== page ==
Category Archives: Seminars

Cambridge2Cambridge 2017

Following on from various other similar events we organised over the past few years, last week we hosted our largest ethical hacking competition yet, Cambridge2Cambridge 2017, with over 100 students from some of the best universities in the US and UK working together over three days. Cambridge2Cambridge was founded jointly by MIT CSAIL (in Cambridge Massachusetts) and the University of Cambridge Computer Laboratory (in the original Cambridge) and was first run at MIT in 2016 as a competition involving only students from these two universities. This year it was hosted in Cambridge UK and we broadened the participation to many more universities in the two countries. We hope in the future to broaden participation to more countries as well.

Cambridge 2 Cambridge 2017 from Frank Stajano Explains on Vimeo.

We assigned the competitors to teams that were mixed in terms of both provenance and experience. Each team had competitors from US and UK, and no two people from the same university; and each team also mixed experienced and less experienced players, based on the qualifier scores. We did so to ensure that even those who only started learning about ethical hacking when they heard about this competition would have an equal chance of being in the team that wins the gold. We then also mixed provenance to ensure that, during these three days, students collaborated with people they didn’t already know.

Despite their different backgrounds, what the attendees had in common was that they were all pretty smart and had an interest in cyber security. It’s a safe bet that, ten or twenty years from now, a number of them will probably be Security Specialists, Licensed Ethical Hackers, Chief Security Officers, National Security Advisors or other high calibre security professionals. When their institution or country is under attack, they will be able to get in touch with the other smart people they met here in Cambridge in 2017, and they’ll be in a position to help each other. That’s why the defining feature of the event was collaboration, making new friends and having fun together. Unlike your standard one-day hacking contest, the ambitious three-day programme of C2C 2017 allowed for social activities including punting on the river Cam, pub crawling and a Harry Potter style gala dinner in Trinity College.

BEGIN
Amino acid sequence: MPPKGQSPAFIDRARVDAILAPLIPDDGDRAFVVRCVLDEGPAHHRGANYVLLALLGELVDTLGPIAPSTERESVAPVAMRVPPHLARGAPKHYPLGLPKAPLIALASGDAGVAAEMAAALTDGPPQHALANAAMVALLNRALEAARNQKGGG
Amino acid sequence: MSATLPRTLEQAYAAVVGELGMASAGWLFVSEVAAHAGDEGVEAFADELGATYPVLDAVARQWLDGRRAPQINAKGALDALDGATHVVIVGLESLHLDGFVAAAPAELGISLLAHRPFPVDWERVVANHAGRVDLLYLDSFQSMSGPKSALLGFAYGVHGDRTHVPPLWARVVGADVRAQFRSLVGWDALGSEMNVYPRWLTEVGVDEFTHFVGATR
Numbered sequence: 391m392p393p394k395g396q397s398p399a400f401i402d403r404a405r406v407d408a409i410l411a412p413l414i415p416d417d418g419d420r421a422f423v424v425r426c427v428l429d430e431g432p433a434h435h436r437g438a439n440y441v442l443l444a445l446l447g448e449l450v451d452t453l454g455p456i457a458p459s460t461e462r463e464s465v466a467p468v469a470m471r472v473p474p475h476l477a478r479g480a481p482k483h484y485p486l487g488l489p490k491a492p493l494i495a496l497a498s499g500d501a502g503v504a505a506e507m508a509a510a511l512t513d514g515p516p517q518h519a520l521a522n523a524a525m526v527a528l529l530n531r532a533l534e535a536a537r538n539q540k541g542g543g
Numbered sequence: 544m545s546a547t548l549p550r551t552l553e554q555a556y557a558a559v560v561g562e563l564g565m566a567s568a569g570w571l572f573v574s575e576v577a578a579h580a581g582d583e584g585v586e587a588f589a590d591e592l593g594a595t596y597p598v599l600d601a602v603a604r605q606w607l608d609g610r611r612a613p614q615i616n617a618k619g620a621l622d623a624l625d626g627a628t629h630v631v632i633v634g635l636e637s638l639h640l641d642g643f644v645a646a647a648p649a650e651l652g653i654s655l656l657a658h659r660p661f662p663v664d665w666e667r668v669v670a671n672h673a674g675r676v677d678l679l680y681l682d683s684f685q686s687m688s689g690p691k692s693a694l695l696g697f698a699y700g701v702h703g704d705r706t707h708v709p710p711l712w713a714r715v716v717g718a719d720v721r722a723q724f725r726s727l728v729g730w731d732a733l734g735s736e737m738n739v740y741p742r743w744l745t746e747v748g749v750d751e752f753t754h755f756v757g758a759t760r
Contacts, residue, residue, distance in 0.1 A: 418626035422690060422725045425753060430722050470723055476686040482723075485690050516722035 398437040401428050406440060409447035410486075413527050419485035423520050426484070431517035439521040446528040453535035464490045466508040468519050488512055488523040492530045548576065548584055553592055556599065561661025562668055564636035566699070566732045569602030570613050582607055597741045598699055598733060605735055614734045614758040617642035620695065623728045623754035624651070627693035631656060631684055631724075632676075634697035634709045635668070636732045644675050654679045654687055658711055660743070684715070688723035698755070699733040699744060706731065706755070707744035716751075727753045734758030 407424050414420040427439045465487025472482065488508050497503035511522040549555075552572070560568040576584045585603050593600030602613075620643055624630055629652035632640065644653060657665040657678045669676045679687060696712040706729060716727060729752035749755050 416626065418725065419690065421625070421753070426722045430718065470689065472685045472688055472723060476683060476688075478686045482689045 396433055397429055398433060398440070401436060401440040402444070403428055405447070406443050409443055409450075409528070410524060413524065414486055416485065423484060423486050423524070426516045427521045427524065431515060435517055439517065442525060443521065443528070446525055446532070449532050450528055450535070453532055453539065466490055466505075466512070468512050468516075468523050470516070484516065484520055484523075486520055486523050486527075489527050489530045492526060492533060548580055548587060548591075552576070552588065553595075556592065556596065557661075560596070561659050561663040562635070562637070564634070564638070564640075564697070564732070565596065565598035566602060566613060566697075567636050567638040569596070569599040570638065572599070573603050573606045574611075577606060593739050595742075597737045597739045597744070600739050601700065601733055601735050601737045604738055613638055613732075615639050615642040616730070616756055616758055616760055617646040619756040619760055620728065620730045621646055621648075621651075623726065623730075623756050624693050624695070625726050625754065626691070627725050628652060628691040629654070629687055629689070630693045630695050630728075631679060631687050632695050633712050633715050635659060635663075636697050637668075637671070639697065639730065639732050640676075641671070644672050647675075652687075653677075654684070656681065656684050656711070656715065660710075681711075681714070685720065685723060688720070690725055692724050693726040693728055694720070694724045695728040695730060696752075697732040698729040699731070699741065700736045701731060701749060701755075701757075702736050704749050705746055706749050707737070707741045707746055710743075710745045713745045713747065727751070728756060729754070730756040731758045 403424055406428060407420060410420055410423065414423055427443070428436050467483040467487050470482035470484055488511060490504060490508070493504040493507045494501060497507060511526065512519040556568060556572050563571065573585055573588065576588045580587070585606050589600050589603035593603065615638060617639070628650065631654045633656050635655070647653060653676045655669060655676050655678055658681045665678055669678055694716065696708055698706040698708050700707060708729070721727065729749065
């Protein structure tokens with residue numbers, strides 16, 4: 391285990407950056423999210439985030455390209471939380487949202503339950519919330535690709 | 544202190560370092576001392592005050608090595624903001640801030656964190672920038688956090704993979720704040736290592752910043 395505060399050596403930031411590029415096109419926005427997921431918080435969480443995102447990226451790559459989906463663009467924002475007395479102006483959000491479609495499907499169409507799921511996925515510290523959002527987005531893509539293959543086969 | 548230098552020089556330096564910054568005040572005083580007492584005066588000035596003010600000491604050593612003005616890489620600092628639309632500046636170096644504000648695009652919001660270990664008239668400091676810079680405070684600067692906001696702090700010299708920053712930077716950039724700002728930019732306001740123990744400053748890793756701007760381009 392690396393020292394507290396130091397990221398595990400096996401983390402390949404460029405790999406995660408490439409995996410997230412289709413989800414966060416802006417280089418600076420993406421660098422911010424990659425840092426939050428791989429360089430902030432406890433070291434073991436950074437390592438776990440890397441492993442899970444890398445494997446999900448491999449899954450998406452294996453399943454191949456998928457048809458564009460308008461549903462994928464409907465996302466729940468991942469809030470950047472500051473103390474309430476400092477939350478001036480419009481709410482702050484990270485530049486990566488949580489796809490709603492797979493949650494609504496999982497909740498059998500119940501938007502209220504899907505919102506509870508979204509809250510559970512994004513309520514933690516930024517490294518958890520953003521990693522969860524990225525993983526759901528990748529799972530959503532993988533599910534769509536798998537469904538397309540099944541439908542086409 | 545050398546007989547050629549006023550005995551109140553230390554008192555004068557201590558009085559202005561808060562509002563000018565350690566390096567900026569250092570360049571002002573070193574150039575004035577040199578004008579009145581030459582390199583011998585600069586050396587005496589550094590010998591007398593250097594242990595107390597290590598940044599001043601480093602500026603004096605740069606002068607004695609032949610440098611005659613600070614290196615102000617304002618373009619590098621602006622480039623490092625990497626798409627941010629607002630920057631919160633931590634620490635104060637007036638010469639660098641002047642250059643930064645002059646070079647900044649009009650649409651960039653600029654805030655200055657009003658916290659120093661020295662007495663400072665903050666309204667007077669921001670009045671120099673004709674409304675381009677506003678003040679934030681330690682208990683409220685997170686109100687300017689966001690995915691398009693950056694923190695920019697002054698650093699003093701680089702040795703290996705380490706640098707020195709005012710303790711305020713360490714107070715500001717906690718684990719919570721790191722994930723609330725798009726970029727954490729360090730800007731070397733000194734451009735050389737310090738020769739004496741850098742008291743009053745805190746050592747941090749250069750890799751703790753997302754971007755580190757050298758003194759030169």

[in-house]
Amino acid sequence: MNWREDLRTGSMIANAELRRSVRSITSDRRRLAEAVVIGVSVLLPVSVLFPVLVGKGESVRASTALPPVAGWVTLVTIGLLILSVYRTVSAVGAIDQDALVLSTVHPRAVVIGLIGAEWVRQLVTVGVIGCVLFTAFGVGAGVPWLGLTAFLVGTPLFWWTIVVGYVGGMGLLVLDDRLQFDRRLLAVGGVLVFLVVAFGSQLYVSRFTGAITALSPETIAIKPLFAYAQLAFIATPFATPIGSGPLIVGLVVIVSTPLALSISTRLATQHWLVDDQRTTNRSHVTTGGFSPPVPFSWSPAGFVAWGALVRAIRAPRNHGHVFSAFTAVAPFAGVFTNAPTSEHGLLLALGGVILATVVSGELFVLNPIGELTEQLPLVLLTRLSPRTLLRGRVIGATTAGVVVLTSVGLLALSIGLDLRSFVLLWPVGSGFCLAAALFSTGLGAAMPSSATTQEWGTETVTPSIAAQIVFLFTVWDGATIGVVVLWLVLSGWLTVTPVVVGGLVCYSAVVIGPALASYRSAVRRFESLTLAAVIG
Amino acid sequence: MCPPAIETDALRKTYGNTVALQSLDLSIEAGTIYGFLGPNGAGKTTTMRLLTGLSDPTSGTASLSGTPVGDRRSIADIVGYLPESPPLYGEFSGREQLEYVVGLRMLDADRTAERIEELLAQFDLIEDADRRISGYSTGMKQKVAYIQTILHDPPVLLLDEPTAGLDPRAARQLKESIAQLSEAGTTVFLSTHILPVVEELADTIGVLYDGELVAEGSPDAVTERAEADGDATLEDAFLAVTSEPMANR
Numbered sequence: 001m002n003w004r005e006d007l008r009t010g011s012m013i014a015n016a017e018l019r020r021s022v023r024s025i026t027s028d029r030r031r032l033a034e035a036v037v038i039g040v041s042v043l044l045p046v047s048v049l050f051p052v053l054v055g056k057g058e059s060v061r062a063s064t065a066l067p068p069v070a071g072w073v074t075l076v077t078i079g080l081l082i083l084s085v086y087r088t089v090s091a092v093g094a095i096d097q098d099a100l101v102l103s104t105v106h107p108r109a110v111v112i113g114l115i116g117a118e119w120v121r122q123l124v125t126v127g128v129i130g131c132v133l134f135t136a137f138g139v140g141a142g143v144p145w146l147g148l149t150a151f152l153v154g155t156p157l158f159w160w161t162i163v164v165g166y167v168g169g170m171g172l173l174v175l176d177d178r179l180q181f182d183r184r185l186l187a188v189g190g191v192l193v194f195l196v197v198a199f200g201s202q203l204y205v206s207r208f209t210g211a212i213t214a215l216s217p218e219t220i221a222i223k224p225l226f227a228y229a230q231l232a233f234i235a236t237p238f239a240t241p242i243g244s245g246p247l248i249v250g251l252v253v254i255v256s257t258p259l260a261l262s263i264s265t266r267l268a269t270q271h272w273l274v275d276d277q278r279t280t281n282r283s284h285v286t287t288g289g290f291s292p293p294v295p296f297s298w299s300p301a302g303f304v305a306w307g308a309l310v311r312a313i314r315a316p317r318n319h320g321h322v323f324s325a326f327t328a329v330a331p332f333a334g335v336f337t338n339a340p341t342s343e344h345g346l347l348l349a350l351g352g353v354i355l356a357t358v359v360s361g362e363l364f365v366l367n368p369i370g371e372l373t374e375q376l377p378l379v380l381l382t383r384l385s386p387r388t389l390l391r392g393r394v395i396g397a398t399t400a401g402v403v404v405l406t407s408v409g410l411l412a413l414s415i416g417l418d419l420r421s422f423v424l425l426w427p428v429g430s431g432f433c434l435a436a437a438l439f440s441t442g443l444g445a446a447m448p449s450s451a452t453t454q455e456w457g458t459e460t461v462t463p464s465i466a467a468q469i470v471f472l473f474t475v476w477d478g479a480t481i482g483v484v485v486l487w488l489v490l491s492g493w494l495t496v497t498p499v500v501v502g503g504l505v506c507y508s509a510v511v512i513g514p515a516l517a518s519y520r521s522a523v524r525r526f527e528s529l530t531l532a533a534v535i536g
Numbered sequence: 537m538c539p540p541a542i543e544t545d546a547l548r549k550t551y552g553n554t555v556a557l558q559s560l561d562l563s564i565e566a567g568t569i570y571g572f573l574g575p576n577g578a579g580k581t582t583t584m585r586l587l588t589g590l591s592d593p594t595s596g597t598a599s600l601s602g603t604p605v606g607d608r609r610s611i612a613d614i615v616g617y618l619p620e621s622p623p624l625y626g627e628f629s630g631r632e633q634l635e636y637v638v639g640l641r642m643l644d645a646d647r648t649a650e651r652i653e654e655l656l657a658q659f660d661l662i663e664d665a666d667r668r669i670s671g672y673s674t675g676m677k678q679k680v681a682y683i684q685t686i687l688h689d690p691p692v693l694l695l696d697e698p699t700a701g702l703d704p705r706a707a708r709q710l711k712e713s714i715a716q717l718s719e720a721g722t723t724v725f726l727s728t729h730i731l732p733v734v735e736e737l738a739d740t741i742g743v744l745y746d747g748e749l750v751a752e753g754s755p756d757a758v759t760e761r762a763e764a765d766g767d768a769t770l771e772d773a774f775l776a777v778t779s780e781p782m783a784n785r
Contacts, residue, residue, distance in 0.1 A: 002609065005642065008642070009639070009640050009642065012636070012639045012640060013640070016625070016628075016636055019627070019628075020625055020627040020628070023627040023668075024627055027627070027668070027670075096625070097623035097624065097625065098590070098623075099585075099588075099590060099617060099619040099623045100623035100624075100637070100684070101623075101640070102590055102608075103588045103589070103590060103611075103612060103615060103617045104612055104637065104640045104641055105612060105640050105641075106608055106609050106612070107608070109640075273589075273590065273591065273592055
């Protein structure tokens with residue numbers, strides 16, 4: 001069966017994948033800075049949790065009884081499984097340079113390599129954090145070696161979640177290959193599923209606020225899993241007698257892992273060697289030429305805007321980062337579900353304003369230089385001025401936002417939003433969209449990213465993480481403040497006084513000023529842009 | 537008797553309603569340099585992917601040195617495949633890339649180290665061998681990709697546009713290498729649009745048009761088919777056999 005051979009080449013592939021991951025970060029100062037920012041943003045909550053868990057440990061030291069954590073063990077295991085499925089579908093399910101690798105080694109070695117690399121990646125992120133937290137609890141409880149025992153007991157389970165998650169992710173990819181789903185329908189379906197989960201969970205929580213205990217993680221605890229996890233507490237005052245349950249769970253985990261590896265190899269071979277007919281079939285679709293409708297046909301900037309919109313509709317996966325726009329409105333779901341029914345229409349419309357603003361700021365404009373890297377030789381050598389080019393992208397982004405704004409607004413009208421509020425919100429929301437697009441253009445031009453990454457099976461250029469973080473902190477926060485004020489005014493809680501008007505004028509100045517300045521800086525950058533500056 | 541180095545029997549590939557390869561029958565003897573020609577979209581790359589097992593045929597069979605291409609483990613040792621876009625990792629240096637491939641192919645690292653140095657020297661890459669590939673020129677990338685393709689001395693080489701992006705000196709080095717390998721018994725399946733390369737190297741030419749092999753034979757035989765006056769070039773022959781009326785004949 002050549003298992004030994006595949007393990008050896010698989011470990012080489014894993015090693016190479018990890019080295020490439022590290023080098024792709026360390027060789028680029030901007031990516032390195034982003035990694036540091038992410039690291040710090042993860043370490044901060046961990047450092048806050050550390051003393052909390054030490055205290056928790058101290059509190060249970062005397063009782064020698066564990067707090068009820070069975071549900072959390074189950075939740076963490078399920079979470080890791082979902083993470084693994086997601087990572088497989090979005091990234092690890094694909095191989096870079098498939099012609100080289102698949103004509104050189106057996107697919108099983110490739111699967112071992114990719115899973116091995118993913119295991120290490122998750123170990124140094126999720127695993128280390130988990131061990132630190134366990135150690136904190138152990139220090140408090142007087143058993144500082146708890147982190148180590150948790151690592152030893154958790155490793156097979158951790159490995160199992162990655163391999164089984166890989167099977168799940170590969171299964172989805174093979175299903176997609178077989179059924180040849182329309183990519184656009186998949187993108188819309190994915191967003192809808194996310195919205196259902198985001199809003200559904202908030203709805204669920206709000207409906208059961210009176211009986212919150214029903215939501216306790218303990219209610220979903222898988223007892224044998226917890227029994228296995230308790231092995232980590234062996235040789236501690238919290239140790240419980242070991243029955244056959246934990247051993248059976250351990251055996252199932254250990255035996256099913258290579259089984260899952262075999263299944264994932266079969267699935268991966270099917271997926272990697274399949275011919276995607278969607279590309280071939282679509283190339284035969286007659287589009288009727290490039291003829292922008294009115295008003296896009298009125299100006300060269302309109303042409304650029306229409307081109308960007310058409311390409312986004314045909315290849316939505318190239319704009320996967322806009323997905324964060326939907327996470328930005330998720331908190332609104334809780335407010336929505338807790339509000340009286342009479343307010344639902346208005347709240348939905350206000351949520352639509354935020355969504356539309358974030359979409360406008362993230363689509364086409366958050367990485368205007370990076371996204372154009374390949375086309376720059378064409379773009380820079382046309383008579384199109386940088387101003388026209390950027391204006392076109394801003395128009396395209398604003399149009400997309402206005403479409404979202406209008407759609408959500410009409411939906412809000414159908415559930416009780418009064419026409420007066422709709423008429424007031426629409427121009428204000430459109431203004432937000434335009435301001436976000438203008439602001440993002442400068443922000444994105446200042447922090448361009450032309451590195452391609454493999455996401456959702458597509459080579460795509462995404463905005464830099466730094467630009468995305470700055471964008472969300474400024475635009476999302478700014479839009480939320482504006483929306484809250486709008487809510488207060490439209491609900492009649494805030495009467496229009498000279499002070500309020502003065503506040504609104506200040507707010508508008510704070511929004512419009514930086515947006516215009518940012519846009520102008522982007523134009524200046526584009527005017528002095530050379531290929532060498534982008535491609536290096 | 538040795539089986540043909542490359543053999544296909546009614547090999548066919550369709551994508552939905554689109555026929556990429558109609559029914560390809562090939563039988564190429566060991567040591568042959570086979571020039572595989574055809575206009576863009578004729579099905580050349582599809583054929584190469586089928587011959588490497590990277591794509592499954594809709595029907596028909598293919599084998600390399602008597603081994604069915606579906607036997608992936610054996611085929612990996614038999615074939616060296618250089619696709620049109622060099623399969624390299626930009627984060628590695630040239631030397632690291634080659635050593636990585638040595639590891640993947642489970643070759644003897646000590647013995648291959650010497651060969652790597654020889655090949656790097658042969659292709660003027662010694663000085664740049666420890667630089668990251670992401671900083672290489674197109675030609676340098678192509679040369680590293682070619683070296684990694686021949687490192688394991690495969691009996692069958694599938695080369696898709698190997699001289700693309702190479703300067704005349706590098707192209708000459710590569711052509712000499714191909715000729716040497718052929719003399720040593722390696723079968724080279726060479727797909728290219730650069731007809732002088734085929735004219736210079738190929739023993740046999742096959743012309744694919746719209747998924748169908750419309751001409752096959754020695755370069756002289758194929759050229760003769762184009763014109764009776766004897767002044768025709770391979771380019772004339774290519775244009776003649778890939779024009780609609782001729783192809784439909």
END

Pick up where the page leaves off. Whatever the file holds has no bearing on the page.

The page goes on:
In between competition sessions we had a lively and inspirational “women in cyber” panel, another panel on “securing the future digital society”, one on “real world pentesting” and a careers advice session. On the second day we hosted several groups of bright teenagers who had been finalists in the national CyberFirst Girls Competition. We hope to inspire many more women to take up a career path that has so far been very male-dominated. More broadly, we wish to inspire many young kids, girls or boys, to engage in the thrilling challenge of unravelling how computers work (and how they fail to work) in a high-stakes mental chess game of adversarial attack and defense.